By Rebecca Kiriakopoulos
From a light morning workout, to her day job with the federal government, and then straight to Beaver Boxing for an evening training session, 30-year-old Marija Curran’s routine is relentless six days a week. It’s what she needs to do to prepare for the Canadian Boxing Championships in Edmonton at the end of March — and what she did to claim the 2017 national crown she’s defending this year.
The Burlington native, who relocated to Ottawa in 2005, trains out of the renowned Little Italy boxing club. Curran was competitive in jiu-jitsu when she was just 10 years old and was a national champion at the age of 15.
In order to improve her “hand game,” she began taking boxing lessons, her first exposure to the sport. After retiring from jiu-jitsu competition and attending grad school, Curran found the cost for recreational jiu-jitsu a little steep for her student budget, so she turned to boxing for fun.
Curran joined Beaver Boxing as part of the recreational program for two years before making the switch to competitive — and she’s been involved in the sport at a high level ever since.
“I love everything about it,” said the reigning Canadian women’s champion in her weight class. “I enjoy the routine, the discipline that comes with training, the people and the community are exceptional, the culture of it and of course I also like boxing because I’m good at it. Everyone likes winning.”
Curran is trained by Jill Perry, president and head coach of Beaver Boxing, as well as a two-time Canadian amateur women’s boxing champion.
Curran and three other Canadian female boxers travelled with Perry to Borås, Sweden earlier this month for the 2018 Golden Girl Championship, the biggest female boxing tournament in the world.
Perry said the tournament was particularly important because it allowed the Canadian athletes to be exposed to other fighting styles and athletes from other countries. A key lesson Curran said she took away from her experience at the tournament was that there is “no point stressing over things that are out of my control.”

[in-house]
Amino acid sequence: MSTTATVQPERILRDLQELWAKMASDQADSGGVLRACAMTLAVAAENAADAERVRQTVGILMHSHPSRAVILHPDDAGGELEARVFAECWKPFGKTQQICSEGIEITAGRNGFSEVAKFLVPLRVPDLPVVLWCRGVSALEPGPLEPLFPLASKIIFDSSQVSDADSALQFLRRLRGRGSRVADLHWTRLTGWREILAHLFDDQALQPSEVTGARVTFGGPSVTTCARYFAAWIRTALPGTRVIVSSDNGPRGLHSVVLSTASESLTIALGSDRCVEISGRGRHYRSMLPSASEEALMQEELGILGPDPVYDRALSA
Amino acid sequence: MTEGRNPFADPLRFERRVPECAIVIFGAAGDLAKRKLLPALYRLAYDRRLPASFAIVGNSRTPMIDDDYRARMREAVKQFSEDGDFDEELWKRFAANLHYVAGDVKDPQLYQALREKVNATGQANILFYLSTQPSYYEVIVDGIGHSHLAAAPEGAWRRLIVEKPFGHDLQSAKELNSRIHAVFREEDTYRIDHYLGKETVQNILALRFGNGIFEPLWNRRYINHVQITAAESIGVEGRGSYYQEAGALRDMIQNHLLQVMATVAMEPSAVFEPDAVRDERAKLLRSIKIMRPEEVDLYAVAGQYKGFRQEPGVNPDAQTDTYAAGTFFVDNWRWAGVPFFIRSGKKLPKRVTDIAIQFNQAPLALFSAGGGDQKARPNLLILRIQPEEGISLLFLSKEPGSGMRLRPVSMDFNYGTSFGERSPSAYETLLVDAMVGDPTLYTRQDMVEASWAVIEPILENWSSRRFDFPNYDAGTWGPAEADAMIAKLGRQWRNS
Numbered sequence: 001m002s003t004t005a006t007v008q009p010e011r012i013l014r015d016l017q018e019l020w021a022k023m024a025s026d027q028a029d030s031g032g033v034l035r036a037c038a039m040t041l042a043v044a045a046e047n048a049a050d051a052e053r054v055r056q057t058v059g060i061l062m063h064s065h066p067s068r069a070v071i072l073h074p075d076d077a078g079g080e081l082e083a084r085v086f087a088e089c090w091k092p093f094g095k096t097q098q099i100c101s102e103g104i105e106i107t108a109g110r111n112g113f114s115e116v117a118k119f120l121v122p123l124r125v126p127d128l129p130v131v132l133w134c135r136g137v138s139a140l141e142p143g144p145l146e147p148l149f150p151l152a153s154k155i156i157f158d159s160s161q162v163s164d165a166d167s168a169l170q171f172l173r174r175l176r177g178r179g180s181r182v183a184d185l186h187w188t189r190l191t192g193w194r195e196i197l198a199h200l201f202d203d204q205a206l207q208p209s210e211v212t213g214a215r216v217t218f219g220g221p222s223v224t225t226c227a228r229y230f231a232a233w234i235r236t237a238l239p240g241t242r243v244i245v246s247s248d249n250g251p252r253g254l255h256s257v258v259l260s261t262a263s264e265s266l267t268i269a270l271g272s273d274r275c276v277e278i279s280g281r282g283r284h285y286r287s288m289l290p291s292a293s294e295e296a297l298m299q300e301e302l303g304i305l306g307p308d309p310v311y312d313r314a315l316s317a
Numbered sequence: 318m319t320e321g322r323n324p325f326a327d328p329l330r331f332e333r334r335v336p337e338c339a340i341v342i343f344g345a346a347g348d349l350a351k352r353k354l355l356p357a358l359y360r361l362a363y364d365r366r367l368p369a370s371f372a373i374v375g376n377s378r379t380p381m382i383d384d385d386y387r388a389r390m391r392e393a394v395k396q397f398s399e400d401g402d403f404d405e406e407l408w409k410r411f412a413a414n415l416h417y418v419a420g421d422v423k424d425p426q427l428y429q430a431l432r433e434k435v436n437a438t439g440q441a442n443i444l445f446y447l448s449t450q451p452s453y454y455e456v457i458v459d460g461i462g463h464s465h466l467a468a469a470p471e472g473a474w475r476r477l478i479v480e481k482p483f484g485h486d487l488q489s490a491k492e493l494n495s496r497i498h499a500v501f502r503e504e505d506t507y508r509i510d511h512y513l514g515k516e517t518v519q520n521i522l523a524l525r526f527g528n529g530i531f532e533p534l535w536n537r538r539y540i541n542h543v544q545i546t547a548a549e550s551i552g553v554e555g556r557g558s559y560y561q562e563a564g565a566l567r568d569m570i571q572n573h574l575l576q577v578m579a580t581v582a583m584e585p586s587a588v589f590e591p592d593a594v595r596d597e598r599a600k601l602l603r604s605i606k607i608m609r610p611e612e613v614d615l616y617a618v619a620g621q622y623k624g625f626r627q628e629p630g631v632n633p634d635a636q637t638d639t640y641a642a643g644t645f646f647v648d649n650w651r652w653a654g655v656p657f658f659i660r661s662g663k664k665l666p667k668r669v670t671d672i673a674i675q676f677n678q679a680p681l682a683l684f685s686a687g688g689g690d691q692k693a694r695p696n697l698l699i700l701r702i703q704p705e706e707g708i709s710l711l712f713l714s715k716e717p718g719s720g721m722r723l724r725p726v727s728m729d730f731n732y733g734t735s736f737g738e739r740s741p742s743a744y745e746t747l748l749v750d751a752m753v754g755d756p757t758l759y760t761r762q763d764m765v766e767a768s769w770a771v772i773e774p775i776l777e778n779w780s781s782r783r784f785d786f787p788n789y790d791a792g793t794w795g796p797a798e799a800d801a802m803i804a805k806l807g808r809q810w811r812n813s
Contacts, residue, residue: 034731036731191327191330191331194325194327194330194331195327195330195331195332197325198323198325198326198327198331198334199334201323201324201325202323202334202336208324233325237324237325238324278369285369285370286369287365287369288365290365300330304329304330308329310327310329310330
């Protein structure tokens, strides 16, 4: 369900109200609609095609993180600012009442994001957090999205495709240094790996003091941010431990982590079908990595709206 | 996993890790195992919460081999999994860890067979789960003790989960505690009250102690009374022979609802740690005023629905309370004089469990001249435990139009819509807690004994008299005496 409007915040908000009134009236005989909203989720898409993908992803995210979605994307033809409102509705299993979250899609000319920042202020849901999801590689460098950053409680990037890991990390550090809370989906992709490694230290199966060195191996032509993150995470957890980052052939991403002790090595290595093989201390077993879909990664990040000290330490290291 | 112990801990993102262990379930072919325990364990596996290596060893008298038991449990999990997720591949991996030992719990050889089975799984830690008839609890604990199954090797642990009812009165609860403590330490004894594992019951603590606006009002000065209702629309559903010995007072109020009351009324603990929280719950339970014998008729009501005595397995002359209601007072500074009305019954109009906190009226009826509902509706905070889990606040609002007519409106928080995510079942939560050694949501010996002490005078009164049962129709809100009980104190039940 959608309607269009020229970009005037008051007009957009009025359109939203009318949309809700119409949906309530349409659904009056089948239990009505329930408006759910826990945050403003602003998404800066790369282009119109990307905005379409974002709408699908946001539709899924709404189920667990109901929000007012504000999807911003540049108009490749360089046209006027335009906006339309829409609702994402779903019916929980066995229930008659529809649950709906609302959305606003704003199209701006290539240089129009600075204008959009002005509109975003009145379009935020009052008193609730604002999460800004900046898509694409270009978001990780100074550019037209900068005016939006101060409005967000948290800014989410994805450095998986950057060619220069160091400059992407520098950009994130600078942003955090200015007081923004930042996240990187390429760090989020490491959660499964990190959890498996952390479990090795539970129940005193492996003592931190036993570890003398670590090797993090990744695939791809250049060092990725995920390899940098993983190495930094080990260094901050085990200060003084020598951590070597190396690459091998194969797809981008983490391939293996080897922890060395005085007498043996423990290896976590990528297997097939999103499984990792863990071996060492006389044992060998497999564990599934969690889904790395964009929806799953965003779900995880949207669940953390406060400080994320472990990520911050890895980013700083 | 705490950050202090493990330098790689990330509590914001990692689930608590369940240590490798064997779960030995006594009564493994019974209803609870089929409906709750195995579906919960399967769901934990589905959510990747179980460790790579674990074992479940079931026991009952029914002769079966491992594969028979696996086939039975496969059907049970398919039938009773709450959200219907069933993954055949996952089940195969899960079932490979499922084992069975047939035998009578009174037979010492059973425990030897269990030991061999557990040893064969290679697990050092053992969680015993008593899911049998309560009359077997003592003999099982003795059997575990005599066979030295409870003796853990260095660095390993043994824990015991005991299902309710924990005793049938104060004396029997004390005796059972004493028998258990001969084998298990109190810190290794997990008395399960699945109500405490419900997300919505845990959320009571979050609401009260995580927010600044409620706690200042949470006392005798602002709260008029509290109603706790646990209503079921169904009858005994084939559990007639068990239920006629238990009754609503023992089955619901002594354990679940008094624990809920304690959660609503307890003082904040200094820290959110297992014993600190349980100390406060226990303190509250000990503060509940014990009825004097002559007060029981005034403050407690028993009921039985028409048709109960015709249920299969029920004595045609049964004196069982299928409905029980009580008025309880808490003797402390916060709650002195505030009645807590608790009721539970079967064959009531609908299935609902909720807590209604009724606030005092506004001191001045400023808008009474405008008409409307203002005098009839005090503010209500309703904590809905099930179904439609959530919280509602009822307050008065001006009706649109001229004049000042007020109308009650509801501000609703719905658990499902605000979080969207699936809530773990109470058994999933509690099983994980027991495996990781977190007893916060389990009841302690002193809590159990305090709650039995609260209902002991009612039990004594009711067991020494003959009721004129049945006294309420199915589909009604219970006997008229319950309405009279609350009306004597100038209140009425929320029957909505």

In Sweden, Marija had two scheduled matches with two different opponents fall through back-to-back before a match finally panned out the third time around.
“I was obviously feeling a bit frustrated because you’re mentally ready to fight, and then you have to turn it off only to turn it back on again,” she said. “I boxed well, but didn’t feel like I was mentally there,” But judging by her performance in the ring, you would not assume that. Curran, competing in the elite 81-kilogram weight class, won her bout 5-0 against Norwegian boxer Martine Kjartansdottir.
This isn’t the first time Curran has left the ring and stepped onto a podium, and she’s had quite a number of impressive performances in the past year. In June 2017 at the Continental Championships in Honduras, Curran earned a silver medal and a few months later in Bulgaria at the Balkan Cup she earned gold.
Curran also earned a silver medal at the Canadian championships in 2016 before taking the national title in 2017 — a victory she hopes to replicate this year.
The growth of women’s boxing has been exponential over the past few decades, said Emilie Garneau, communications, marketing and events manager at Montreal-based Boxing Canada.
“The boxing world really took a big step in 1994 when we recognized women’s boxing for the first time,” said Garneau. “And although it took nearly two decades for the discipline to actually be added to the Olympic Games, it was the first step in the right direction.”
She attributed the sport’s rising popularity among women to a variety of things. “Fitness boxing is a great gateway for the pool of competitive female boxers,” she said. “In January 2017, a few magazines even declared boxing as the ultimate fitness craze, surpassing yoga.”
That being said, Curran noted that there are still obvious gender inequalities within the sport.
“Typically in Canada, at least in more recent years,” she said, “the girls have performed far better than the guys in competition —and they don’t receive the same funding opportunities as the men do.”
As it stands, Curran’s 81-kilogram weight class is not yet a recognized category of competition at the Olympics. So after next month’s nationals, she hopes to represent Canada at the world championships, held this year in November in India.